Smartphones are revolutionising the diagnosis and treatment of illnesses, thanks to add-ons and apps that make their ubiquitous small screens into medical devices, researchers say: “If you look at the camera, the flash, the microphone… they all are getting better and better,” said Shwetak Patel, engineering professor at the University of Washington.
“In fact the capabilities on those phones are as great as some of the specialized devices,” he told the American Association for the Advancement of Science (AAAS) annual meeting this week.
Smartphones can already act as pedometers, count calories and measure heartbeats. But mobile devices and tablets can also become tools for diagnosing illness. “You can use the microphone to diagnose asthma, COPD (chronic obstructive pulmonary disorder),” Patel said. “With these enabling technologies you can manage chronic diseases outside of the clinic and with a non-invasive clinical tool.”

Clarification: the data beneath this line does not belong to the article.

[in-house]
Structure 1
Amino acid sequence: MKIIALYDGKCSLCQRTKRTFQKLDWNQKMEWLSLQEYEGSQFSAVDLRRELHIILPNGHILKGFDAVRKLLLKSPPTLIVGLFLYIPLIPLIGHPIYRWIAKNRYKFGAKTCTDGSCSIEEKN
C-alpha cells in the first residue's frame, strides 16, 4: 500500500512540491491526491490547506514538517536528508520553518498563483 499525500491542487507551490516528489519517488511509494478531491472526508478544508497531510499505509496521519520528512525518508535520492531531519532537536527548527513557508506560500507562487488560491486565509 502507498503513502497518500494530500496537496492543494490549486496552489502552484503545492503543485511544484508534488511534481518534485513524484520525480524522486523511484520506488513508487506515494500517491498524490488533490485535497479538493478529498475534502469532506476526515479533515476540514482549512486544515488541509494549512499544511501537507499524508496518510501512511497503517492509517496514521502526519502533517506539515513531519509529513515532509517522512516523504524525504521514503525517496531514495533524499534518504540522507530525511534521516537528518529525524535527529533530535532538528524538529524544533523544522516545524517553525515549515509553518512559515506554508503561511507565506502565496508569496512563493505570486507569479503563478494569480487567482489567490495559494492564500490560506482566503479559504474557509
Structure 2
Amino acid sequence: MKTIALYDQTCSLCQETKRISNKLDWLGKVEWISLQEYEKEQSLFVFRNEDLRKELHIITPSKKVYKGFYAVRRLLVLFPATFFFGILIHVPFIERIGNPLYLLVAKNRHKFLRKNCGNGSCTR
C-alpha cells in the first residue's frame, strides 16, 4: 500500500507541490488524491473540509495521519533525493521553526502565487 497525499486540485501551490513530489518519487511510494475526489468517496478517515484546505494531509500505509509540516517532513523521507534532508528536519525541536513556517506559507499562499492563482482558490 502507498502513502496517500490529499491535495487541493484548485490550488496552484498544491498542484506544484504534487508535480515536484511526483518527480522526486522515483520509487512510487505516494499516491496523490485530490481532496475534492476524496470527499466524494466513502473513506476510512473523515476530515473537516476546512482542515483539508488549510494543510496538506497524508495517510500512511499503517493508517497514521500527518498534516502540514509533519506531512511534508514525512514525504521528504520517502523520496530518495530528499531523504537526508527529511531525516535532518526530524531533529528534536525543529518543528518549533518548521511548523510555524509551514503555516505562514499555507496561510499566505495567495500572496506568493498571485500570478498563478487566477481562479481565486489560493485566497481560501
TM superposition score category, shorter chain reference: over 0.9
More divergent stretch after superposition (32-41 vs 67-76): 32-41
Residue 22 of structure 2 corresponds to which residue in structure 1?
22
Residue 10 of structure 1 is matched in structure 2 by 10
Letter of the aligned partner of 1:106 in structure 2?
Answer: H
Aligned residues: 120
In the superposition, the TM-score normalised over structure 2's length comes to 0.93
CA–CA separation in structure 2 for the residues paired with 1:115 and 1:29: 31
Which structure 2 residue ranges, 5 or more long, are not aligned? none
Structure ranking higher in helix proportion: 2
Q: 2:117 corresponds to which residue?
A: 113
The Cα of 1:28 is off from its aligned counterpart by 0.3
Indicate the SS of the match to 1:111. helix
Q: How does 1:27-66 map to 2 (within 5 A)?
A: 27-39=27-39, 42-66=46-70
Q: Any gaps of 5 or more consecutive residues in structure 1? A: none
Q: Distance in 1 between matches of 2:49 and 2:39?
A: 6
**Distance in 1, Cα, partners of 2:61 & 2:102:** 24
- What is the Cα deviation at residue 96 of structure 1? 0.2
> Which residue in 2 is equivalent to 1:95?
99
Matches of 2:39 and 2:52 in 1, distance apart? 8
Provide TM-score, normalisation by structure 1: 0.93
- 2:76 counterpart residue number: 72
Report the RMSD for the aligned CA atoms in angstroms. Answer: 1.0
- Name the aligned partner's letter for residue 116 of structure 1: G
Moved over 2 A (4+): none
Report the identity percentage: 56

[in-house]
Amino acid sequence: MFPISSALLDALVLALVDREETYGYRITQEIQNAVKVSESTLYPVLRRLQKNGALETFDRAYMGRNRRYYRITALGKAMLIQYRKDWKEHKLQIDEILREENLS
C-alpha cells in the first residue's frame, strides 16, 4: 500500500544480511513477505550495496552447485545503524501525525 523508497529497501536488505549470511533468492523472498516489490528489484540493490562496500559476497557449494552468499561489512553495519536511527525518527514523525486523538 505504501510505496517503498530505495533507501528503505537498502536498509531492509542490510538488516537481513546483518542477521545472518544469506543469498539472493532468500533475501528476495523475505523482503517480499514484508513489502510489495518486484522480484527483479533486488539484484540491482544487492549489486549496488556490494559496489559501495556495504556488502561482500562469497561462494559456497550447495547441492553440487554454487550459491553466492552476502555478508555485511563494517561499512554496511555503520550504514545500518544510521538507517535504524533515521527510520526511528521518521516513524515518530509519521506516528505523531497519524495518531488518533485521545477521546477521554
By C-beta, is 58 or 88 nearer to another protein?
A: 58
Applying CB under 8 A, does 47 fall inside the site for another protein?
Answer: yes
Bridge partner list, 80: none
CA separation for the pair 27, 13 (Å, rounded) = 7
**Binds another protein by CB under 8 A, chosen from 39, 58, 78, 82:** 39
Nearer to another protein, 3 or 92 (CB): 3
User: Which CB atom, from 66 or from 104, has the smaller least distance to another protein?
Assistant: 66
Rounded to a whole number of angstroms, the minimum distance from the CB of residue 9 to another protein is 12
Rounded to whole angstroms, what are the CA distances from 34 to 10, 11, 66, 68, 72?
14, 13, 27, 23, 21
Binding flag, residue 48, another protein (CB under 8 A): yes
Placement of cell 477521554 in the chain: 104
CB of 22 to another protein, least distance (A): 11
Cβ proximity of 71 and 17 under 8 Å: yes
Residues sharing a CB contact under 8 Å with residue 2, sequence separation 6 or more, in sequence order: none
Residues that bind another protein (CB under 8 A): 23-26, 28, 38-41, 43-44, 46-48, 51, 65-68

It is also possible to use the camera and flash on a mobile phone to diagnose blood disorders, including iron and hemoglobin deficiency. “You put your finger over the camera flash and it gives you a result that shows the level of hemoglobin in the blood,” Patel said.
An app called HemaApp was shown to perform comparably well as a non-smartphone device for measuring hemoglobin without a needle. Researchers are seeking approval from the US Food and Drug Administration for its wider use.
Smartphones can also be used to diagnose osteoporosis, a bone disorder common in the elderly. Just hold a smartphone, turn on the right app in hand and tap on your elbow.
“Your phone’s motion picture sensor picks up the resonances that are generated,” Patel said. “If there is a reduction in density of the bone, the frequency changes, which is the same as you will have in an osteoporosis bone.”
Such advances can empower patients to better manage their own care, Patel said.
“You can imagine the broader impact of this in developing countries where screening tools like this in the primary care offices are non-existent,” he told reporters. “So it really changes the way we diagnose, treat and manage chronic diseases.”